The NASD believes that the current LAS Program is difficult and unduly time-consuming to administer. Specifically, the NASD believes that, under the current LAS Program, it is difficult for an issuer to calculate the number of shares to be reported for LAS purposes: an issuer must track the number of shares approved by Nasdaq according to current LAS criteria (a number not otherwise monitored by issuers and which has often proved difficult for Nasdaq staff and issuers to reconcile) instead of the total number of shares outstanding reported in periodic reports required to be filed with the Commission. Furthermore, the timing of the notifications required by the current LAS Program varies depending on the nature of the action undertaken by an issuer and, as a result, has proved confusing to issuers and their counsel. This in turn has led to delays in filing or failures to comply with LAS Program notification and fee requirements.

To remedy these deficiencies, the NASD proposal makes the following changes to the current LAS Program:

1. In order to address the problem of monitoring the number of fee-assessable shares, the billing aspect of the LAS Program will be separated from required compliance reviews. Issuers will be billed each quarter for any increase in their total shares outstanding (“TSO”) as reported in publicly available periodic reports required to be filed with the Commission.[6] This modification will ensure that the LAS Program is administered based on a publicly disclosed TSO number rather than on the number of approved shares currently calculated by Nasdaq according to existing LAS criteria. This modification will thereby eliminate the current procedure of establishing a baseline number of shares upon an issuer's initial listing as well as the resultant confusion surrounding when transactions resulting in new shares being issued must be reported to Nasdaq. This modification will also permit Nasdaq staff to rely on the publicly reported TSO when performing reconciliations.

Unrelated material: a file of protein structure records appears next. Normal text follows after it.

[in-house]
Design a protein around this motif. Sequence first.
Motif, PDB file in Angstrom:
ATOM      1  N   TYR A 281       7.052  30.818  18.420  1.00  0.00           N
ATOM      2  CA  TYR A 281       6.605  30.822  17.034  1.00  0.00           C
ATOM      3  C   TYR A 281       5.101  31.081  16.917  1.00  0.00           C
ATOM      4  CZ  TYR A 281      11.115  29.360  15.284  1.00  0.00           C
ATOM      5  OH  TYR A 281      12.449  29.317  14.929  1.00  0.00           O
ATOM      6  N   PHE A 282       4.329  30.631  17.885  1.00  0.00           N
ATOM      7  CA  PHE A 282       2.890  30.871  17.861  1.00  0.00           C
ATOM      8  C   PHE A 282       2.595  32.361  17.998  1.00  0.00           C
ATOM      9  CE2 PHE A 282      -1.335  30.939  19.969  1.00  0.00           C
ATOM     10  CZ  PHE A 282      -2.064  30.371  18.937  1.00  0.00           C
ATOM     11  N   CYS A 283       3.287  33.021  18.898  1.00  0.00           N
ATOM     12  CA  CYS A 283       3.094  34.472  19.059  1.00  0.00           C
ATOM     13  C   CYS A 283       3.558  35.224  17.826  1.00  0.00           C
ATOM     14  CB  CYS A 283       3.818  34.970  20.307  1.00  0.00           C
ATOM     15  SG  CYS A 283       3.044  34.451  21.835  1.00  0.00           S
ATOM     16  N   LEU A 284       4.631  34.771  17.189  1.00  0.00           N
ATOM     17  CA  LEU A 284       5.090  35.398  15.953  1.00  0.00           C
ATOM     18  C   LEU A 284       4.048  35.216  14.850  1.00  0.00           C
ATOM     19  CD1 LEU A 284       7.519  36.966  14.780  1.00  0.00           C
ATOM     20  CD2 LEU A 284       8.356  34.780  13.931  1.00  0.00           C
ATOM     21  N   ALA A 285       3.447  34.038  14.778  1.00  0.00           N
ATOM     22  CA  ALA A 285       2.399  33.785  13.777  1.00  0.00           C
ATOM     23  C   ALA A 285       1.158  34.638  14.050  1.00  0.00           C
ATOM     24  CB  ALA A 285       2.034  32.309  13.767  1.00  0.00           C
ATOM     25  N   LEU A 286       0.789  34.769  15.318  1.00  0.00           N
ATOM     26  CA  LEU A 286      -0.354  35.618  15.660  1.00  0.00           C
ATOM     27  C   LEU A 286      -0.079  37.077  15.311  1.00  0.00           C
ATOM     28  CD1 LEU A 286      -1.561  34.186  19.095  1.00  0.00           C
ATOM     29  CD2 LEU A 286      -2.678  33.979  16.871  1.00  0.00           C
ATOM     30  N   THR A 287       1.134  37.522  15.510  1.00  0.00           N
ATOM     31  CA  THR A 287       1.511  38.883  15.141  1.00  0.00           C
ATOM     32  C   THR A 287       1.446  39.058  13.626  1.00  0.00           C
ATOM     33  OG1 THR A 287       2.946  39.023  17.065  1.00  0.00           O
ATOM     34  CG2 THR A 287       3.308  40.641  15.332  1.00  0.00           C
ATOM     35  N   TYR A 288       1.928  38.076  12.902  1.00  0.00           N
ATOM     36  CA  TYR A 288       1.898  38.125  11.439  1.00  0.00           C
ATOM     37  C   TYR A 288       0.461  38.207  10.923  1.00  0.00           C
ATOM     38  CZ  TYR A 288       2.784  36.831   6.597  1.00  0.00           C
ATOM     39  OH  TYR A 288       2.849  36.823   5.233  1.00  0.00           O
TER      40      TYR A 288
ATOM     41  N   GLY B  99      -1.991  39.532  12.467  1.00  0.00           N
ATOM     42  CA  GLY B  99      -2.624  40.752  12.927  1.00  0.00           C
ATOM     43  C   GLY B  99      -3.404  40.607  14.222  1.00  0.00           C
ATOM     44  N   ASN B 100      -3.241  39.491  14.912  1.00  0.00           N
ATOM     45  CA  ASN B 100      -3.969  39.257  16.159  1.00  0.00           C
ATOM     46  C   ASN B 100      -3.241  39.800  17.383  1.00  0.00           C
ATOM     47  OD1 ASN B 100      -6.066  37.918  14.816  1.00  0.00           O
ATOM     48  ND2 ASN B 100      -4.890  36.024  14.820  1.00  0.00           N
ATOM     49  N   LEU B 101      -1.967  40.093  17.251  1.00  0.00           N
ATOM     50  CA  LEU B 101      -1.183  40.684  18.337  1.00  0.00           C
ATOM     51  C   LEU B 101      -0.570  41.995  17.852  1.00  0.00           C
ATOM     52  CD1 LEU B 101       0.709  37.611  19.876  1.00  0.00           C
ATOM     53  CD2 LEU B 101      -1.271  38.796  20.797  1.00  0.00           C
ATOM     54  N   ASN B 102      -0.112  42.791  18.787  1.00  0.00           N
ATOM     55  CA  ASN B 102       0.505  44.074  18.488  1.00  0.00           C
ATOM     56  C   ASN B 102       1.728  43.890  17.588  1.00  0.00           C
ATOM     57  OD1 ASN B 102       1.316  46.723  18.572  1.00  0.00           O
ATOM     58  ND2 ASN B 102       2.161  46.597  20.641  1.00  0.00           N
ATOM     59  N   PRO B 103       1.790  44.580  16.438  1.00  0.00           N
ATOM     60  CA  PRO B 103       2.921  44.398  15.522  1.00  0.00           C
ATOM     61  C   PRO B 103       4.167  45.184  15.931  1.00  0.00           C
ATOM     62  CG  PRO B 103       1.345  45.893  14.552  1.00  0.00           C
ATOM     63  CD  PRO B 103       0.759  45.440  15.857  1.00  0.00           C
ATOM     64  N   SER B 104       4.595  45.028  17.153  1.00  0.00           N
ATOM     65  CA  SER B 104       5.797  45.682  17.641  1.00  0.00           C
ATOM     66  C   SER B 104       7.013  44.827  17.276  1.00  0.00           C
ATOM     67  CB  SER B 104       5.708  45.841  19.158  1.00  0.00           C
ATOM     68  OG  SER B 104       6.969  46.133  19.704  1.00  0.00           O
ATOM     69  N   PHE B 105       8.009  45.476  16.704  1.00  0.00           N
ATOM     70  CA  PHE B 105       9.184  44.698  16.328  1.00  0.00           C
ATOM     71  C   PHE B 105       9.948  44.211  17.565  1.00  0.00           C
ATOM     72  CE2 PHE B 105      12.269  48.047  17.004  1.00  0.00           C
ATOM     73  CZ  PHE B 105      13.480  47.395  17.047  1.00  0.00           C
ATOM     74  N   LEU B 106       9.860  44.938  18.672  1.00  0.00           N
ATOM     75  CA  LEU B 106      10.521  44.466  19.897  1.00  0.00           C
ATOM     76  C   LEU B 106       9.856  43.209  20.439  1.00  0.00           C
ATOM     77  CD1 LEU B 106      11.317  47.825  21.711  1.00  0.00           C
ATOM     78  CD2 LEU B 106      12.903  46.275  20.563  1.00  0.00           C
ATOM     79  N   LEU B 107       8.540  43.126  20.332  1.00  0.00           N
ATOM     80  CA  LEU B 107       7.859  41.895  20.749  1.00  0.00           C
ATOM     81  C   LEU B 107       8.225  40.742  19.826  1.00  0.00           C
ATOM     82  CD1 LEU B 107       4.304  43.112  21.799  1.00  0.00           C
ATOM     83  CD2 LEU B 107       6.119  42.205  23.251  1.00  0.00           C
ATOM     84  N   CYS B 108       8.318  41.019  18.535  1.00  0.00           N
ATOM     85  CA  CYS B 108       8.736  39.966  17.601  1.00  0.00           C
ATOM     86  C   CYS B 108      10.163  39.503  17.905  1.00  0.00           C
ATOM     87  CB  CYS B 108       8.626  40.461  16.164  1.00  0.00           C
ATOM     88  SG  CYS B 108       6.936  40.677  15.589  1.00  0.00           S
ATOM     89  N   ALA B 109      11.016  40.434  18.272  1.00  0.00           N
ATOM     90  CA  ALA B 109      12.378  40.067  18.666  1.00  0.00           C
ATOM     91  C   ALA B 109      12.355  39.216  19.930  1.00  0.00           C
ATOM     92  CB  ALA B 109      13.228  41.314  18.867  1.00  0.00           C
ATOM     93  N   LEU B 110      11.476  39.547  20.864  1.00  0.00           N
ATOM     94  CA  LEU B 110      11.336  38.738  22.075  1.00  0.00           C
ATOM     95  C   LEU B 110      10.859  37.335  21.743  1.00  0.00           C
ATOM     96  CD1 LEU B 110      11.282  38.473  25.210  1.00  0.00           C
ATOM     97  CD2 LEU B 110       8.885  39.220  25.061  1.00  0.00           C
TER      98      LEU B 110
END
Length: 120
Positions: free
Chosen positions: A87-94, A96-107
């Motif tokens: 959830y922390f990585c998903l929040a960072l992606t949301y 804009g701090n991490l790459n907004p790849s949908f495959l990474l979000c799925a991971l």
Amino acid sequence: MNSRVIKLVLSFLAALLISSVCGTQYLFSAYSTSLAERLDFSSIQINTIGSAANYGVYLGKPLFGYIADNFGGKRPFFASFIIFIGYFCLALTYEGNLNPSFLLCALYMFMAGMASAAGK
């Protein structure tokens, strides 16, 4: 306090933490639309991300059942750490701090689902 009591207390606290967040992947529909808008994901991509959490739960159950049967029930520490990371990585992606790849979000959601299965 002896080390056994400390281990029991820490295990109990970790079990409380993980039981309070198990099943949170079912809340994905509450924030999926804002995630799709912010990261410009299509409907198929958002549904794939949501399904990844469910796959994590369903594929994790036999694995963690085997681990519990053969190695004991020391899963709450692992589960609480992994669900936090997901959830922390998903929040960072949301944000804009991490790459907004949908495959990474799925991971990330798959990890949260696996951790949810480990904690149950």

2. To address the uncertainty which has surrounded issuers' LAS notification requirements, the process of reporting to Nasdaq will be streamlined by confining issuers' notification requirements to those transactions implicated by the Nasdaq's corporate governance compliance requirements.[7] Consequently, notification will not be required, unless:

(a) a stock option plan, purchase plan or other arrangement is established without shareholder approval; or

(b) the issuer enters into a transaction that may result in a change of control; or